How to Grow an Avocado
You may be familiar with the image of an avocado pit balancing on some toothpicks on a jar in someone’s kitchen. While this is a popular method, not everyone has toothpicks at home, but that doesn’t mean you can’t grow an avocado pit at home. We’re gonna walk you through the steps to turn your avocado pit into lovely houseplants, and if they last long enough, they may even bear fruit after many (10-15) years.
When you next eat an avocado, remove the pit, being careful not to pierce the skin and damage the seed. Clean it thoroughly and soak it in water overnight, this’ll help to soften the brown skin. After 24 hours, you’re going to want to gently rub that brown skin until it peels off. If it doesn’t all come off right away, that’s okay, don’t force anything, it’ll eventually come off when it’s ready.
The first part takes a lot of patience. You’re going to wrap your avocado pit in a damp paper towel, and put it in a sealed air-tight container. The paper towel should be just damp, and not dripping wet. Put the container in a dark cupboard, preferably in a warm location in your kitchen, and do your best to forget about it. In warmer months, it’ll be good to check on it once a week, to make sure the paper towel doesn’t dry out. Keep an eye out for any mildew forming, and just gently rinse the pit, and replace the damp paper towel.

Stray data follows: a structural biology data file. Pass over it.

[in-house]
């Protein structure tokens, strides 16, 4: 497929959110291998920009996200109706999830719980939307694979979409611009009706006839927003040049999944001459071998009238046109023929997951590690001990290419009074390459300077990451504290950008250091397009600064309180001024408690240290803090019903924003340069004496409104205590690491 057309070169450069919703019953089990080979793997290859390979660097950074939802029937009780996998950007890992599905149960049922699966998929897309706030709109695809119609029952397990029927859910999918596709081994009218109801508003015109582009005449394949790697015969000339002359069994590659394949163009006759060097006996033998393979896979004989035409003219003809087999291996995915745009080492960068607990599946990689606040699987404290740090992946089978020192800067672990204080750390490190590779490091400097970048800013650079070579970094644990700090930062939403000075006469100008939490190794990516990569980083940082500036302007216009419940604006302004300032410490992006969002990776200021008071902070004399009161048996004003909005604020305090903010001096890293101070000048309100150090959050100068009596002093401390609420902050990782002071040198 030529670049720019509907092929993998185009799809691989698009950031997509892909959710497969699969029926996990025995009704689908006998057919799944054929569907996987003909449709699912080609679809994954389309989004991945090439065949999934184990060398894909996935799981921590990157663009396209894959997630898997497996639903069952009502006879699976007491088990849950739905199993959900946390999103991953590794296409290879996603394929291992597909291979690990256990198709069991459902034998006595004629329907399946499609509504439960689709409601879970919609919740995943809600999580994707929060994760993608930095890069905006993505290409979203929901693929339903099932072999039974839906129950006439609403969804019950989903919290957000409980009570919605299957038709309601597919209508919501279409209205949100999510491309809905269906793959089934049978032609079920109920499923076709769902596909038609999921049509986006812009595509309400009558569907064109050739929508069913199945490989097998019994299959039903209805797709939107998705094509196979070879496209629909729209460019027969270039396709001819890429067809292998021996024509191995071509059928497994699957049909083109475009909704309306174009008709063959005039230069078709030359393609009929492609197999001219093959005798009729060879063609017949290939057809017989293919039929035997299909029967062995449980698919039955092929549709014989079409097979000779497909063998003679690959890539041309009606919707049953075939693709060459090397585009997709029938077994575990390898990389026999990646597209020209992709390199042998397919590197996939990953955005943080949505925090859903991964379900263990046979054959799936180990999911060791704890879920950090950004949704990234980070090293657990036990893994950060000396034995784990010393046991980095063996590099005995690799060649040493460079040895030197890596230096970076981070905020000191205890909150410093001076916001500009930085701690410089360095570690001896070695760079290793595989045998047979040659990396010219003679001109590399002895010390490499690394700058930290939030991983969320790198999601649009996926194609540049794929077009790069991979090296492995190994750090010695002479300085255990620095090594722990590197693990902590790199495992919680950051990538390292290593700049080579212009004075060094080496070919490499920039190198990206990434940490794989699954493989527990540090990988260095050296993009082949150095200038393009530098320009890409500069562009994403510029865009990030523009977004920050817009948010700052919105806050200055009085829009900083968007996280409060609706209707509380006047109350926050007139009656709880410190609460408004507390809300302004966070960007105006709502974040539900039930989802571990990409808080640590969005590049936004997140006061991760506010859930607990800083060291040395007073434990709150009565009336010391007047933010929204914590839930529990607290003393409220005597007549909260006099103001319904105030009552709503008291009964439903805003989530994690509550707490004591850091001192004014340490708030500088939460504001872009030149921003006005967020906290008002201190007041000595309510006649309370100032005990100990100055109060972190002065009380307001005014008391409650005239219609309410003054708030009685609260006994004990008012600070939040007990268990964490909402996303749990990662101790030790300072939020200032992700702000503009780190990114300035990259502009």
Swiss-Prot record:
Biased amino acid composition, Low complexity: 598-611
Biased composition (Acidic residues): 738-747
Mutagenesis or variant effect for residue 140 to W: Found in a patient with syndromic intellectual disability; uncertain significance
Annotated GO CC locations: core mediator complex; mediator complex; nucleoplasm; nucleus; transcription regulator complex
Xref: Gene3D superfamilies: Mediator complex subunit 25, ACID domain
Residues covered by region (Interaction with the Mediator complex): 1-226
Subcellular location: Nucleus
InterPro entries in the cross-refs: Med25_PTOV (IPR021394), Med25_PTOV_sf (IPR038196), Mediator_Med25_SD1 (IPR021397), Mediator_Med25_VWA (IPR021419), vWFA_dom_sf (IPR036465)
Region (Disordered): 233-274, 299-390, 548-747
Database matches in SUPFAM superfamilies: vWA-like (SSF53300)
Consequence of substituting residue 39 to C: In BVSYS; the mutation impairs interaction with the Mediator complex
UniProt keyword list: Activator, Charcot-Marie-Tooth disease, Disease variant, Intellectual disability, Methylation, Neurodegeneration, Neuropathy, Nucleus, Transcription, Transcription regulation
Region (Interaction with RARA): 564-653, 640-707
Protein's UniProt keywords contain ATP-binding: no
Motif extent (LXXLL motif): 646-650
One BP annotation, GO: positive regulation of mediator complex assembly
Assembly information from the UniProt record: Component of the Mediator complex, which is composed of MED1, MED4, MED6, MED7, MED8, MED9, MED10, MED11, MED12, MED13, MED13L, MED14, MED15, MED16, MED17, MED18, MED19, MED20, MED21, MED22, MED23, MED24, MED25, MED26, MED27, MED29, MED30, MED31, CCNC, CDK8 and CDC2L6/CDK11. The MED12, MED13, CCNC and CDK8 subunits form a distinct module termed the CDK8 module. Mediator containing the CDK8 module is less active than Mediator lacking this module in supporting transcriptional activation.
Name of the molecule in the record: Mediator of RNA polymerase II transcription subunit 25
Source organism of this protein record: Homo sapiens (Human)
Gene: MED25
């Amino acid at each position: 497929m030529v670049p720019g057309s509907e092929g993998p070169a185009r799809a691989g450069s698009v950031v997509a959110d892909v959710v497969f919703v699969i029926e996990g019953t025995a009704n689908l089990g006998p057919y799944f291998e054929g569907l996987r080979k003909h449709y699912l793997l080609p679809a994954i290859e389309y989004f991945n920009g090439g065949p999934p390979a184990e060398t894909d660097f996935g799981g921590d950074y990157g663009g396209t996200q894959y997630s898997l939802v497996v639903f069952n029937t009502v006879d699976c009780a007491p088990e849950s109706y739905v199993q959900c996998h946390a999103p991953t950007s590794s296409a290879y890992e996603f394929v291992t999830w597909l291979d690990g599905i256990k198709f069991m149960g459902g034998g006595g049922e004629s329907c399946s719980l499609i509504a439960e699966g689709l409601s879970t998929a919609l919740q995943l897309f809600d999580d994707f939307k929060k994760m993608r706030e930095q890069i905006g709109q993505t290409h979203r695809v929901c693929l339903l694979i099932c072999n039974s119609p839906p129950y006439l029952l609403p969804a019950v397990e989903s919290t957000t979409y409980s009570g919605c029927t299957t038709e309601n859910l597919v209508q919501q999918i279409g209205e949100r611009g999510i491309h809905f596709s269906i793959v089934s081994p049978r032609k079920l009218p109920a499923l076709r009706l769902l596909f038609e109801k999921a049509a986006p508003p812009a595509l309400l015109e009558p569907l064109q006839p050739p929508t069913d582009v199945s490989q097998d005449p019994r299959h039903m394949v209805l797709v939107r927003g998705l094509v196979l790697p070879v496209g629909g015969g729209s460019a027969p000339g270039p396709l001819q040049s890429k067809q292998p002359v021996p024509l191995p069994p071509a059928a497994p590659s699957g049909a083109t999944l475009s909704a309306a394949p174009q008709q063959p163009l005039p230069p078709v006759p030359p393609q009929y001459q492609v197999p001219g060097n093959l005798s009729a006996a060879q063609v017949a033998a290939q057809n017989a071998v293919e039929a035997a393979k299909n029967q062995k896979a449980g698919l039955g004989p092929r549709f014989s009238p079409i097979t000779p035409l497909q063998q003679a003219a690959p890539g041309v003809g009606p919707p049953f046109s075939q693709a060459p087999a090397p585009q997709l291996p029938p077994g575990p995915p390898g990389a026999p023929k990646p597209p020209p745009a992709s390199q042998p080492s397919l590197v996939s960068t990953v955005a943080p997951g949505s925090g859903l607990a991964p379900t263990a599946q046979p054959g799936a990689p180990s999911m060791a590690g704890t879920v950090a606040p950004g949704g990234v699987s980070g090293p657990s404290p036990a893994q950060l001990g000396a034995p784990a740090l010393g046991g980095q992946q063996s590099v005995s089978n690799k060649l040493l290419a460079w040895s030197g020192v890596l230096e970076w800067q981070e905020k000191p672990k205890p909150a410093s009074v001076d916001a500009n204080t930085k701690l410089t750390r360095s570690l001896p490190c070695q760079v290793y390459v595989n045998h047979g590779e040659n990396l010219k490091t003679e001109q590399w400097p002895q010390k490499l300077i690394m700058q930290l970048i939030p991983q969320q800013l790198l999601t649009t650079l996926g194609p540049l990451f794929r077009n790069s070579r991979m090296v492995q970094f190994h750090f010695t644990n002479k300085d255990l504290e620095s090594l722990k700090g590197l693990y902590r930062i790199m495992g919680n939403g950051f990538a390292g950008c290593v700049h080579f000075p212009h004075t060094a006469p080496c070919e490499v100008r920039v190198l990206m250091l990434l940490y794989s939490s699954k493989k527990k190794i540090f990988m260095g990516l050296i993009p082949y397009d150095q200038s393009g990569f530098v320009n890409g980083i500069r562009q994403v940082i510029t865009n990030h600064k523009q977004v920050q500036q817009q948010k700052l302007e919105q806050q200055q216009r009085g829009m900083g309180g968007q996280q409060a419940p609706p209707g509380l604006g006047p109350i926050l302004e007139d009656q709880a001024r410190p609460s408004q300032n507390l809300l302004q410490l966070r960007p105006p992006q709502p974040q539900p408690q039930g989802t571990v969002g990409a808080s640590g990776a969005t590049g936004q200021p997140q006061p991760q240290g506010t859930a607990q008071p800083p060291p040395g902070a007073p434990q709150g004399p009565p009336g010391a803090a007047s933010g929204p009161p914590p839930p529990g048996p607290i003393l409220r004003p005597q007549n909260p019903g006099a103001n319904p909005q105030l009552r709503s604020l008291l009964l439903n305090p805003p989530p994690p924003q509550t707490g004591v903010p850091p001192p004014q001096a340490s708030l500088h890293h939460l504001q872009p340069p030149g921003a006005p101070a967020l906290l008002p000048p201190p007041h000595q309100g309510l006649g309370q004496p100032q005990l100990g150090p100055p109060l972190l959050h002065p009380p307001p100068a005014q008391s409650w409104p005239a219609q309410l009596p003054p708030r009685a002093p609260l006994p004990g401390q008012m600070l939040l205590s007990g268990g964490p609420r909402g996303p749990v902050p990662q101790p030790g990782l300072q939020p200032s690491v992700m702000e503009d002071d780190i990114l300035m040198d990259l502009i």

Eventually, the seed will begin to split, this can take anywhere from 2 weeks to 4 or 5 months. Temperature has a huge impact here, but some avocados simply need more time than others. Soon you’ll notice a root starting to shoot out the bottom of the crack. It’s important that once you notice this, to move on to the next step, otherwise the root will grow bent and make the next step more difficult.
Using an inverted bottle top, or any funnel-shaped vessel, balance the pit with the roots in a glass of water. Watching the roots extend down and start producing new roots along the way, can be a great experience. Once there are enough roots, the avocado will start sprouting upwards, and eventually form leaves. Avocados can last an extremely long time living off water, but feel free to transfer it to soil once it reaches a few inches high.